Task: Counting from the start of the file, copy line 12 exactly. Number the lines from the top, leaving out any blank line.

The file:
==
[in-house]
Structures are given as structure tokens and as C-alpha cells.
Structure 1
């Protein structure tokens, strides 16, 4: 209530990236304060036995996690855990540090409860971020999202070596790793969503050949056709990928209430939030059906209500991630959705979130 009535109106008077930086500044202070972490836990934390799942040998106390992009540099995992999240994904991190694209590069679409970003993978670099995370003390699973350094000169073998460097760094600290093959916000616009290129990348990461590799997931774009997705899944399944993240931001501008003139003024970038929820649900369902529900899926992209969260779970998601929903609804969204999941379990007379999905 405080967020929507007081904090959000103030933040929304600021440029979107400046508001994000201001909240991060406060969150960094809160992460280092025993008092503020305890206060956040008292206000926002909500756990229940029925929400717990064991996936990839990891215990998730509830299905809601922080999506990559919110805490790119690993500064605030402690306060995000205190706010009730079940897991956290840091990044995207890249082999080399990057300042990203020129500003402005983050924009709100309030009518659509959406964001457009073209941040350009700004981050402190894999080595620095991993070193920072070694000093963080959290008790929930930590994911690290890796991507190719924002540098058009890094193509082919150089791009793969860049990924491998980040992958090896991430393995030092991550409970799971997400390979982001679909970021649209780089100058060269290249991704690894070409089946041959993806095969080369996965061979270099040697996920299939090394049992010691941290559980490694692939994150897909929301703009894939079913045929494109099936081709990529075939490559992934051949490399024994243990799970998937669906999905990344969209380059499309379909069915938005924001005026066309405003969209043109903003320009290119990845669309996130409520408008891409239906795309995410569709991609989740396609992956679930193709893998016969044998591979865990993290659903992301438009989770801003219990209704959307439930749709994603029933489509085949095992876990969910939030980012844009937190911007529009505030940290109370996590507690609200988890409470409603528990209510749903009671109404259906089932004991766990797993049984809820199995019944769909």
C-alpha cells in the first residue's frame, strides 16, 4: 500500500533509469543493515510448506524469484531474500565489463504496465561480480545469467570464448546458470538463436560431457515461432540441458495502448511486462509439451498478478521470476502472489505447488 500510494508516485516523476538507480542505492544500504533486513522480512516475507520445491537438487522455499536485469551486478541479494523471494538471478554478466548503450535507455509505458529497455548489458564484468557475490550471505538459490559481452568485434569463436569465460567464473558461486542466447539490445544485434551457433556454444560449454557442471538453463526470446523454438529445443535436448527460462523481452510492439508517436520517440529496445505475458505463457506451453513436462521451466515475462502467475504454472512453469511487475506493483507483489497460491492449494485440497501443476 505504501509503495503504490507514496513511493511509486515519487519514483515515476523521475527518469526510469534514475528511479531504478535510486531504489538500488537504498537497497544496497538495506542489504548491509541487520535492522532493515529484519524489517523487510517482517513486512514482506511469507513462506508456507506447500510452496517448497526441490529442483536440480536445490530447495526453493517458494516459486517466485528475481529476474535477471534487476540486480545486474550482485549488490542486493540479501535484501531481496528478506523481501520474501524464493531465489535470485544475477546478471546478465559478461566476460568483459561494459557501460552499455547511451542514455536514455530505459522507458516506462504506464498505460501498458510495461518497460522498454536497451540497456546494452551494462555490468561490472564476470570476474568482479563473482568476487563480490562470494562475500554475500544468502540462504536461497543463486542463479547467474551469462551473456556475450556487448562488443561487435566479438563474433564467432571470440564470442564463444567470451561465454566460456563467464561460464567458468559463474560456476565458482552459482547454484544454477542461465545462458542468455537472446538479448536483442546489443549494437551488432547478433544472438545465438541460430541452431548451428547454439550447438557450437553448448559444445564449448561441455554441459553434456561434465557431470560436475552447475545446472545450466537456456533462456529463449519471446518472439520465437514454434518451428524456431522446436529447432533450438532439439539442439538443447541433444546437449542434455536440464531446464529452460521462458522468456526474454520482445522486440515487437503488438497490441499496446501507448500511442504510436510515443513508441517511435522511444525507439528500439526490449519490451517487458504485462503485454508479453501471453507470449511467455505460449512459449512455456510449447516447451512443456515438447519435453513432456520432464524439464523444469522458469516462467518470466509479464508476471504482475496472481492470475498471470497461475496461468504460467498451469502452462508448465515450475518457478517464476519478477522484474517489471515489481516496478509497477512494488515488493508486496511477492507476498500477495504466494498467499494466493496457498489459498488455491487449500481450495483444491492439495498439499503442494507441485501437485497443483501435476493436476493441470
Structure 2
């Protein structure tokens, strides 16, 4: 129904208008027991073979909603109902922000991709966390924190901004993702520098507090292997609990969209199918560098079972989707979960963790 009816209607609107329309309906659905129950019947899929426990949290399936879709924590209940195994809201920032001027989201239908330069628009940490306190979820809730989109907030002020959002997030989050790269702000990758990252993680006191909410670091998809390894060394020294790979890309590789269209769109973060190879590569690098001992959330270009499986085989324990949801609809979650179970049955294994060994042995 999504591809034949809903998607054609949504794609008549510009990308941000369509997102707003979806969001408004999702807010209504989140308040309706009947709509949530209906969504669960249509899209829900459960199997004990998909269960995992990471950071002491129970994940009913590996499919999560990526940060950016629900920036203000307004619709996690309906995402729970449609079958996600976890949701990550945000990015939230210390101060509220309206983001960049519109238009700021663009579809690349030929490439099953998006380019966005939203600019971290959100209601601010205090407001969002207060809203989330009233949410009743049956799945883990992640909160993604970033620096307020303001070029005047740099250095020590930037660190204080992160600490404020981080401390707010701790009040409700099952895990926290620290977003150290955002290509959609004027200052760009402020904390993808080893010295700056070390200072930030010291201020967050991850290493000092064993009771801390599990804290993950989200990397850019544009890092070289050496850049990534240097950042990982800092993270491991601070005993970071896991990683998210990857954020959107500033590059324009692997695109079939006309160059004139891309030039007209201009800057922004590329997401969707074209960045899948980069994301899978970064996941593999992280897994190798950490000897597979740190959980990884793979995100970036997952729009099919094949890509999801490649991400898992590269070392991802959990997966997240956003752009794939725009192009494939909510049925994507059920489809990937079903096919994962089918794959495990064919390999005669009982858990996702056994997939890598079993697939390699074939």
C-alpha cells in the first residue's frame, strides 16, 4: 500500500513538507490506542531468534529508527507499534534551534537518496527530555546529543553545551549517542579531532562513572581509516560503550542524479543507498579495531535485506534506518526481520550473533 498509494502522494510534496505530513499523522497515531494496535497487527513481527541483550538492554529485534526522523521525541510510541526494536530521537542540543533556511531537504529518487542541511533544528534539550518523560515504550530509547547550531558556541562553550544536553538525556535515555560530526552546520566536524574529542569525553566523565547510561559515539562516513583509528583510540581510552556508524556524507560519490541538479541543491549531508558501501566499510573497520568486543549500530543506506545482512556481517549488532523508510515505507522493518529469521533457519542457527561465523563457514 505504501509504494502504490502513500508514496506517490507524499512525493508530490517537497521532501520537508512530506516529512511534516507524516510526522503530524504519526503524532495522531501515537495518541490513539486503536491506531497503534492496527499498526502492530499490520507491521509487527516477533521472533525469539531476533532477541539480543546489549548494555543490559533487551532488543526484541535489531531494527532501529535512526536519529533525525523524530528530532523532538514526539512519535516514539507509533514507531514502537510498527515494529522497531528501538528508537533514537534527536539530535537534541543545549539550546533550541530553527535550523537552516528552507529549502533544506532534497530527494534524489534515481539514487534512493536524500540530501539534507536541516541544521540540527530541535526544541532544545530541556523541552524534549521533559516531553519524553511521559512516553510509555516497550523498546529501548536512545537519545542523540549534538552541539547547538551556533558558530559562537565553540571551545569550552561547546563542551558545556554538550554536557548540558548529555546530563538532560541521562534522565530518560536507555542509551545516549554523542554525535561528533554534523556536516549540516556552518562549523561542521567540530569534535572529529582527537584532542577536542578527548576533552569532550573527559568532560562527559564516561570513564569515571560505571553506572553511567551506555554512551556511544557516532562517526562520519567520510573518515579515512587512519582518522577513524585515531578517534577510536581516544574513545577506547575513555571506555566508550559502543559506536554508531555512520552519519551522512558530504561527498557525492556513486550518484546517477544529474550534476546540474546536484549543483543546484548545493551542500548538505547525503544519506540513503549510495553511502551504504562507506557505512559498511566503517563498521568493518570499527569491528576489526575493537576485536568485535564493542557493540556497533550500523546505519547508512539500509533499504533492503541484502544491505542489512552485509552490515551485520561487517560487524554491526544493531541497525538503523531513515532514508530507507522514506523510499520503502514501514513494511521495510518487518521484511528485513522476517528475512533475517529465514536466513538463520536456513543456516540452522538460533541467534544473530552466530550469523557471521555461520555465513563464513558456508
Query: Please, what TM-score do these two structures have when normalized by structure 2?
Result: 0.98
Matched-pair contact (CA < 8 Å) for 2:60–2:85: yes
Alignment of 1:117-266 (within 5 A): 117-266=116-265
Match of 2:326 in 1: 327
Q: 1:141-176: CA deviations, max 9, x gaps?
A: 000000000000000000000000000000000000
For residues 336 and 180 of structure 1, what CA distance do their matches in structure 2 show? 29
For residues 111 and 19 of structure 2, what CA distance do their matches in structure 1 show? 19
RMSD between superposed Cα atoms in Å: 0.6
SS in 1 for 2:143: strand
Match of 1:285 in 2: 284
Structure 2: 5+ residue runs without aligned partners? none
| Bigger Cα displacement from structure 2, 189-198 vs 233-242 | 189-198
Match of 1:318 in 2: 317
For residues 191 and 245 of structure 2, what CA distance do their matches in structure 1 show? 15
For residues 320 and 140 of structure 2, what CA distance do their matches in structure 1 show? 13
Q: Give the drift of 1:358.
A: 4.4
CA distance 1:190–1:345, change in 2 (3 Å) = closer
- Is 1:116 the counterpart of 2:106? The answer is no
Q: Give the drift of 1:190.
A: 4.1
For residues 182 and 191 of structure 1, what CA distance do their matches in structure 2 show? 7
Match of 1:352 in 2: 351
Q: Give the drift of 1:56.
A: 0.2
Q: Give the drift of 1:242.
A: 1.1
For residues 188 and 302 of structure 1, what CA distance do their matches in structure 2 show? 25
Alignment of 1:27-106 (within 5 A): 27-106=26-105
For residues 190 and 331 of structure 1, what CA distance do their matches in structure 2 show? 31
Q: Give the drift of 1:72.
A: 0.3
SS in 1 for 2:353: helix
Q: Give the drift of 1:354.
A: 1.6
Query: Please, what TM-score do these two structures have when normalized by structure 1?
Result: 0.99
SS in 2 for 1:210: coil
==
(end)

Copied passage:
Alignment of 1:117-266 (within 5 A): 117-266=116-265